“Death is our greatest enemy. No man is wise enough to outwit death or wealthy enough to purchase freedom from death or strong enough to vanquish death. The grave always wins the victory and every person sooner or later returns to the dust. In fact, the inexorable triumph of death applies not only to people, but to all things. Animals die and plants die, and even whole species atrophy and become extinct. Cities and nations, like people, are born and grow for a season, and then fade away. Homes and automobiles and clothes wear out and must eventually go back to the dust, just as do their owners. Even the universe itself is running down and heading toward an ultimate "heat death." This universal reign of decay and death is called in the Bible "the bondage of corruption" (Romans 8:21). In science it has come to be recognized as the Second Law of Thermodynamics. Also known as the Law of Increasing Entropy, this Law is now recognized as a universal law of science, with no known exception ever observed. It says, quite simply that every system tends to become disordered, to run down and eventually to die. Its entropy, which is a measure of disorder, always tends to increase. The universality of the reign of decay and death is the measure of the absolute uniqueness of the resurrection of Christ. All other men, even the greatest men and the holiest men, have died. Buddha, Mohammed, Zoroaster, Confucius, Caesar, Marx--men who made a profound impact on the world in one way or another--are all dead.”2  

This is where the resurrection separates Jesus from Buddha and any other religious guru. I don’t know about you, but wouldn’t it be much more difficult to follow Jesus and believe in His audacious claims to be the Son of God if the story ended at his grave? It would be a whole lot more improbable to believe in heaven if Jesus had a tombstone. Would you trust in a Savior who promised eternal life, but couldn’t find a way out of death himself? That would be like a lifeguard who couldn’t swim. If Jesus’ body is still in the ground somewhere then at best we are left with a martyr who lied about what He could do.

But the resurrection changes everything because it proved that Jesus has the power to make good on any promise that He makes. Before going to the Cross Jesus told his disciples in John 10:18, “No one takes it [my life] from me, but I lay it down of my own accord. I have authority to lay it down, and I have authority to take it up again. This charge I have received from my Father.” Besides that, the resurrection makes Jesus Christ unique among the religious leaders of the world. The empty tomb is the ultimate trump card against Buddha, Muhammad, or Joseph Smith, because all those dudes died and stayed dead. Search the world and you will not find any remaining finger bones of Jesus to be venerated.  

Thomas Arnold, formerly Professor of History at Rugby and Oxford, one of the world's great historians, said, “I know of no one fact in the history of mankind which is proved by better, fuller evidence of every sort, to the understanding of a fair inquirer, than the great sign which God hath given us that Christ died, and rose again from the dead.”3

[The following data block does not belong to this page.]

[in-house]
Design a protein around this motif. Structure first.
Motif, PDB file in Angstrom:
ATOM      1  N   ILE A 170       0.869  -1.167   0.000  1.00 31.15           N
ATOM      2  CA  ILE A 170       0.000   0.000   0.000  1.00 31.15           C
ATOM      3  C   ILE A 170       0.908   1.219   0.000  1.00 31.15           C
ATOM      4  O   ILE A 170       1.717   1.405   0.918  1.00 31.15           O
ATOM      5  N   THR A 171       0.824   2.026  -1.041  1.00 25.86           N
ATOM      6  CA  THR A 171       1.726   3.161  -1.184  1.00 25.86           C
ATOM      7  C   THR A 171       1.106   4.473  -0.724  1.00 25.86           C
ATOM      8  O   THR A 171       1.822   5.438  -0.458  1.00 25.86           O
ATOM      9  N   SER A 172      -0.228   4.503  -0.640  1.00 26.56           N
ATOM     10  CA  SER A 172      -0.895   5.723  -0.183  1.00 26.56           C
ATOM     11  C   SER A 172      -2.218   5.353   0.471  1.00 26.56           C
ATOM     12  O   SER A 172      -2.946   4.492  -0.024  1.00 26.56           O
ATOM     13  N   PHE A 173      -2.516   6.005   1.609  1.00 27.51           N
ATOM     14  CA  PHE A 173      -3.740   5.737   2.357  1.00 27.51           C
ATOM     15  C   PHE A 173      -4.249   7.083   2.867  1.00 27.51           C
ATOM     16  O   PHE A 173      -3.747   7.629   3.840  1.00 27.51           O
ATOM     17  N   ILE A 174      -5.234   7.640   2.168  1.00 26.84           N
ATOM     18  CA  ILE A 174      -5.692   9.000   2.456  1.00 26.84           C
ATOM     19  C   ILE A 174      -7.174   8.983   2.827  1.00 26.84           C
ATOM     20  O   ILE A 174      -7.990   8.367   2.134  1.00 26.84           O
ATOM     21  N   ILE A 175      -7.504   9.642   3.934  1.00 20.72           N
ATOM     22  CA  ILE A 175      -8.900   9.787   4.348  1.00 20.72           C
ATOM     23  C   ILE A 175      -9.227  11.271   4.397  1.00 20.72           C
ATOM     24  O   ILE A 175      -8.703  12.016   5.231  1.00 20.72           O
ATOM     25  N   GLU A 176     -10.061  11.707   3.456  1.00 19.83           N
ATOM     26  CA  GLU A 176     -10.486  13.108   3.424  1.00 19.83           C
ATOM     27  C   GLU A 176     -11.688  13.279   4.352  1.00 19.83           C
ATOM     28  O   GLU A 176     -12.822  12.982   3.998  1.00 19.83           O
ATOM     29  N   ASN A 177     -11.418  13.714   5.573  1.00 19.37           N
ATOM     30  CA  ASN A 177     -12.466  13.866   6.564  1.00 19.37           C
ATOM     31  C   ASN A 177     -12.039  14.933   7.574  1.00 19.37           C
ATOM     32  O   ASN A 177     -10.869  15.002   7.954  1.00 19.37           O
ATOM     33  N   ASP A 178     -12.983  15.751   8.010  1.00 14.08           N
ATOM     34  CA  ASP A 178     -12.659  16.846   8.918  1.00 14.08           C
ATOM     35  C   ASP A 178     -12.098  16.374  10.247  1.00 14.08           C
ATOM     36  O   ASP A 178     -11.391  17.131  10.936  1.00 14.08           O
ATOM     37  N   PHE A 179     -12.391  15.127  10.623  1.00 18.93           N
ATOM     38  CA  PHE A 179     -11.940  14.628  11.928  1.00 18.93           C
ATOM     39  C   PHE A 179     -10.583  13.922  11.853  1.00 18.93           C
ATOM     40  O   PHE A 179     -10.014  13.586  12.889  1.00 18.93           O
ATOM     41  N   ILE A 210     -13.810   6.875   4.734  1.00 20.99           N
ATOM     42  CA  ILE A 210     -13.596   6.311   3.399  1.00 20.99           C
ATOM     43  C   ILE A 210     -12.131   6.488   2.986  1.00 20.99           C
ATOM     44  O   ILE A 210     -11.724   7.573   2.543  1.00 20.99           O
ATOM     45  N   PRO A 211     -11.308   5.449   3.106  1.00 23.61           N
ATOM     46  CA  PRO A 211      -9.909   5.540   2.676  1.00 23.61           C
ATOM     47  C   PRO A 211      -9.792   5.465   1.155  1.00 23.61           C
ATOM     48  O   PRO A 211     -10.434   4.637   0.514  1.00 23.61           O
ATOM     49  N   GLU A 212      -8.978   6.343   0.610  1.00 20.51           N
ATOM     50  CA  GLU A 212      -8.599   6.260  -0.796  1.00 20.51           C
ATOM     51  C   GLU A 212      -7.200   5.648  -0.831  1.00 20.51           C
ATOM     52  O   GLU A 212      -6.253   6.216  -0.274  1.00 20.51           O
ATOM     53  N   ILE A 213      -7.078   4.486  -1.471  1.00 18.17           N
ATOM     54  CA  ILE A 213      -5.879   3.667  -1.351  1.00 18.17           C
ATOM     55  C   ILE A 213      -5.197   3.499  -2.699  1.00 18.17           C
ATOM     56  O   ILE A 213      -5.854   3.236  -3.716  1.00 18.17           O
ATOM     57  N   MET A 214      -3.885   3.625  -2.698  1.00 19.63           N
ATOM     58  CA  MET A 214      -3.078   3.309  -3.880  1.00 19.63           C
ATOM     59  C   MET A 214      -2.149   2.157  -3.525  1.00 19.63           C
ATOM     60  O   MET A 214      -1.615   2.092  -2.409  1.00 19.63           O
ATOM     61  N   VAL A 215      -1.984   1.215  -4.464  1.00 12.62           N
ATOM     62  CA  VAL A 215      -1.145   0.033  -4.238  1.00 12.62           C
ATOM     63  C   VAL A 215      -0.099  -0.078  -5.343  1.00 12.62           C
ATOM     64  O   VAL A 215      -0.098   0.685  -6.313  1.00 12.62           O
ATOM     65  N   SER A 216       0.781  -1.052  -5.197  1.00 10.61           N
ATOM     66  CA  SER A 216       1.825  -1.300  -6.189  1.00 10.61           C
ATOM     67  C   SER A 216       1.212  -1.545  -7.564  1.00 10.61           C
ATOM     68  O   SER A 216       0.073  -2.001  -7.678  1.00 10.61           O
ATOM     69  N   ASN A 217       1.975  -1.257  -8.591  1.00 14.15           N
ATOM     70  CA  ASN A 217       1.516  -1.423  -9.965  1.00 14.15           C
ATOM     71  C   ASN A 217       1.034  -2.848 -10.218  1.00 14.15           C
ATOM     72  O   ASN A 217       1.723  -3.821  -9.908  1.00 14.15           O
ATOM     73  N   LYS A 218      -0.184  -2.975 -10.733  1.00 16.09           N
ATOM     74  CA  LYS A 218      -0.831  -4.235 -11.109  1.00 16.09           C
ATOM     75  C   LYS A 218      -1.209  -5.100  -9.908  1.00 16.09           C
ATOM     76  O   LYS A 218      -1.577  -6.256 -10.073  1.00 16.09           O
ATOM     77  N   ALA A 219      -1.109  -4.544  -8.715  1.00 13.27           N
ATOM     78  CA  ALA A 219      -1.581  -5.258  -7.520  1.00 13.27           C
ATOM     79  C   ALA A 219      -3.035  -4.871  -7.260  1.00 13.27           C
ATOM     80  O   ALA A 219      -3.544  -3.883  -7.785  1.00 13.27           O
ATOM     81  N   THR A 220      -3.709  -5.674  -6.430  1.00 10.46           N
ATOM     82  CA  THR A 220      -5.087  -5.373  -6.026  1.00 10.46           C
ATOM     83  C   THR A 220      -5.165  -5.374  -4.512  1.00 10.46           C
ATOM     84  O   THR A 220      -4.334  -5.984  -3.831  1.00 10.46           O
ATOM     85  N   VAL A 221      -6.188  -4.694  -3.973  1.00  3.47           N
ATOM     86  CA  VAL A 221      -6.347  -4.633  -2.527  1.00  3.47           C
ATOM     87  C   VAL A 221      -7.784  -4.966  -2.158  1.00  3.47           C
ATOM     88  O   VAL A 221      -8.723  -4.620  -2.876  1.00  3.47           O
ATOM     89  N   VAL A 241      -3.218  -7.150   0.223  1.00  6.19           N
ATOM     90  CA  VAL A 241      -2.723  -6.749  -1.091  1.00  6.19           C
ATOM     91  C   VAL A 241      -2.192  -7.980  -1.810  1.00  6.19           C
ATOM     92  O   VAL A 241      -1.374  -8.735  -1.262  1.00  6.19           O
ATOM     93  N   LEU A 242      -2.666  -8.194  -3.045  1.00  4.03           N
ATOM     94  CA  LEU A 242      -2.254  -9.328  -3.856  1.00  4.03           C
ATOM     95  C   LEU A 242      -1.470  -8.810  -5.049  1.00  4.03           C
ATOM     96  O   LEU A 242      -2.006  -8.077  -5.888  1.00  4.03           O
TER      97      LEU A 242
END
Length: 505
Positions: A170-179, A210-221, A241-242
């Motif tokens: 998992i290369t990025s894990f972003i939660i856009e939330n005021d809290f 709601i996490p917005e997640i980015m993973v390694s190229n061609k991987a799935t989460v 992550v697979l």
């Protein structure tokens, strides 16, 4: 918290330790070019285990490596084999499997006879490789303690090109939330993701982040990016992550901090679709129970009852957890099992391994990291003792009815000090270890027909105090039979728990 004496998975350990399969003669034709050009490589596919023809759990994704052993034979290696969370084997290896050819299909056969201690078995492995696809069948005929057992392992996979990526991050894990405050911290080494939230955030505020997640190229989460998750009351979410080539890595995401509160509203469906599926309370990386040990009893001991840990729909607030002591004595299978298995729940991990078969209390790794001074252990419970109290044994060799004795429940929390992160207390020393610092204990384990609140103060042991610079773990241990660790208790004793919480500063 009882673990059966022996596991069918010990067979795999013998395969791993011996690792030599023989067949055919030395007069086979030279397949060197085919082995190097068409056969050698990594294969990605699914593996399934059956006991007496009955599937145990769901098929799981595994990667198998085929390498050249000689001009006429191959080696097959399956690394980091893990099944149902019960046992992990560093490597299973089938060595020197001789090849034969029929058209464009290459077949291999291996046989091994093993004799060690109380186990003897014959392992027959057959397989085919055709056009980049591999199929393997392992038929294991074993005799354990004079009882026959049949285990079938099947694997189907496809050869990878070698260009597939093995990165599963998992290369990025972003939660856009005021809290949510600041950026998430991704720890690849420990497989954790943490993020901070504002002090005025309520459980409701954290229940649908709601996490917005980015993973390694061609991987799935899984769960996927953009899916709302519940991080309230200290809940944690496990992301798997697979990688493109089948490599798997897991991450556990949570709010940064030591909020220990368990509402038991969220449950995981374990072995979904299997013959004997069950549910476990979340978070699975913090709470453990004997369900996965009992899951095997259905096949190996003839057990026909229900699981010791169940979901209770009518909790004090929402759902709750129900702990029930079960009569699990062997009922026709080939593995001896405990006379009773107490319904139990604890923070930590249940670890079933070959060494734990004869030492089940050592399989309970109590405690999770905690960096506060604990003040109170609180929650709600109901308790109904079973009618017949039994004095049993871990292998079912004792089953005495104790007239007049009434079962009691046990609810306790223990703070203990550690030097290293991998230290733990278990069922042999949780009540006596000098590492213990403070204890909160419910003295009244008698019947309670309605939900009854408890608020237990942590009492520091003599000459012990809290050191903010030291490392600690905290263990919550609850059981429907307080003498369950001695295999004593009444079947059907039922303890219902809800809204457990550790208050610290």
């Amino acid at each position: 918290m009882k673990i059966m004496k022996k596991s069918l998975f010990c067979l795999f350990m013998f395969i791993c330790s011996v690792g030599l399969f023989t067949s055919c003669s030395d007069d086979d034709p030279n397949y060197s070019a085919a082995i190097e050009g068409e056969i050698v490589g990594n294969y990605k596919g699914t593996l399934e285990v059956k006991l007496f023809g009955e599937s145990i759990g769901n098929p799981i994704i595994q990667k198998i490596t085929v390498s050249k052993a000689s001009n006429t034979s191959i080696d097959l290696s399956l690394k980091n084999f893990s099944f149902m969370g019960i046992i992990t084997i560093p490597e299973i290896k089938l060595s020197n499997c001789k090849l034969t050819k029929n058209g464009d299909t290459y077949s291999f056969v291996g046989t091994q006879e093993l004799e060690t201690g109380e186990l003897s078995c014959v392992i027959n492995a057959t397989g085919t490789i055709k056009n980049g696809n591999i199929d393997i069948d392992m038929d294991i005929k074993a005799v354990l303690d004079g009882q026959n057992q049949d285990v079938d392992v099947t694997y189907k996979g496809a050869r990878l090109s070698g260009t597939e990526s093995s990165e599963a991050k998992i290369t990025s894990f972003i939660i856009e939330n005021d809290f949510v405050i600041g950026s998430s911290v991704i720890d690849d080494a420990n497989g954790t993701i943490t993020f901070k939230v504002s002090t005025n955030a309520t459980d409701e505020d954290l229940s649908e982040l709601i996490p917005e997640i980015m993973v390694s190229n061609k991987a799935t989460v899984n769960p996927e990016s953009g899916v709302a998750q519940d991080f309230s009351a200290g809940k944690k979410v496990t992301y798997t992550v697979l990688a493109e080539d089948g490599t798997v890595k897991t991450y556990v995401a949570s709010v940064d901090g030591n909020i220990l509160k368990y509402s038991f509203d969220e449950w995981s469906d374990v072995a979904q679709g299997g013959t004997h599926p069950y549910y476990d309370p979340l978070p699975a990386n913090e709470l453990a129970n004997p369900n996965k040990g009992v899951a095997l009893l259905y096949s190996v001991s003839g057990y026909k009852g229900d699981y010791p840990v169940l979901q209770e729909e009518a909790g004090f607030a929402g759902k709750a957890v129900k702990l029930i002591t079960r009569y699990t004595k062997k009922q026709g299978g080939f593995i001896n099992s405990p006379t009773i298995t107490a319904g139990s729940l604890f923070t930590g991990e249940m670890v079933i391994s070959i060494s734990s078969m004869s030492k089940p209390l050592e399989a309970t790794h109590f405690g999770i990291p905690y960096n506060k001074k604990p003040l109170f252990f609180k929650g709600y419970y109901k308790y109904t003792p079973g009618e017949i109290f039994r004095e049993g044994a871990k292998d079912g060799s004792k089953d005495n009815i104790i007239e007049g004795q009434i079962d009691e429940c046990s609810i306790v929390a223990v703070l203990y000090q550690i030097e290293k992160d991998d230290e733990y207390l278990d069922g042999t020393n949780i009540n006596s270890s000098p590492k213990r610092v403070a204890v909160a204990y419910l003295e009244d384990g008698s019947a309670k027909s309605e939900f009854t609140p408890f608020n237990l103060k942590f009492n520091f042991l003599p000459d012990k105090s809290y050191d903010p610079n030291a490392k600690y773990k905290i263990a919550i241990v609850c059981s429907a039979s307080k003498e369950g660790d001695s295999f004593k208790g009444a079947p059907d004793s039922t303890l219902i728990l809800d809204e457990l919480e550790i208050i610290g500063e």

Sir Lionel Luckhoo was known in the legal world as the greatest defense attorney that ever lived.  In fact, the Guinness Book of World Records has him listed with the most wins ever by a defense attorney with 245 consecutive murder acquittals. He was knighted twice by the Queen of England. Luckhoo, was an avowed atheist. Someone asked him if he had ever investigated the evidence for the resurrection and challenged him to apply his legal prowess to the New Testament. He accepted the challenge and at the end of his investigation he went from being an atheist to being a Christian. He said, “I say unequivocally that the evidence for the resurrection of Jesus Christ is so overwhelming that it compels acceptance by proof which leaves absolutely no room for doubt.”4

Finally, In one of his books, Erwin Lutzer writes about meeting a Buddhist who converted to Christianity and he asked what convinced him to follow Christ over Buddha. He replied, “It’s like this, if you were walking along and came to a fork in the road and two men were there and one of them is in a casket with a sign overhead that reads, ‘Follow me and I will show an eight-fold path to reincarnation’ and another man was standing there with scars in his hands and feet and said, “Because I died and now live, you shall live also,” which man would you follow?”5     


1. Winfried Corduan, Neighboring Faiths (Downers Grove, IL: InterVarsity Press,1998), 220-223.
2. Henry Morris, The Resurrection of Christ - The Best-Proved Fact in History”
3. Thomas  Arnold, Sermons on Christian Life, “Its Fears and Its Close” , 6th ed. London, UK: 324.
4. Ross Clifford, The Case for the Empty Tomb (Claremont, CA: Albatross, 1991), 112.
5. Adapted from Erwin Lutzer, Christ Among Other Gods (Chicago: Moody Press, 1994), 144.

Tuesday, April 8, 2014

Covered by the Blood

On November 26, 2008 a gang of Islamic terrorists stormed the historic Taj Mahal Palace in Mumbai, India. In the bloodshed and carnage, two-hundred lives were ended and hundreds of others were wounded. One group used a piano to block the doors of a hotel restaurant as terrorists tried to blow their way in with hand grenades and AK-47s. Others survived by barricading themselves in hotel rooms, where they were able to communicate with each other and monitor the rescue operation using smartphones.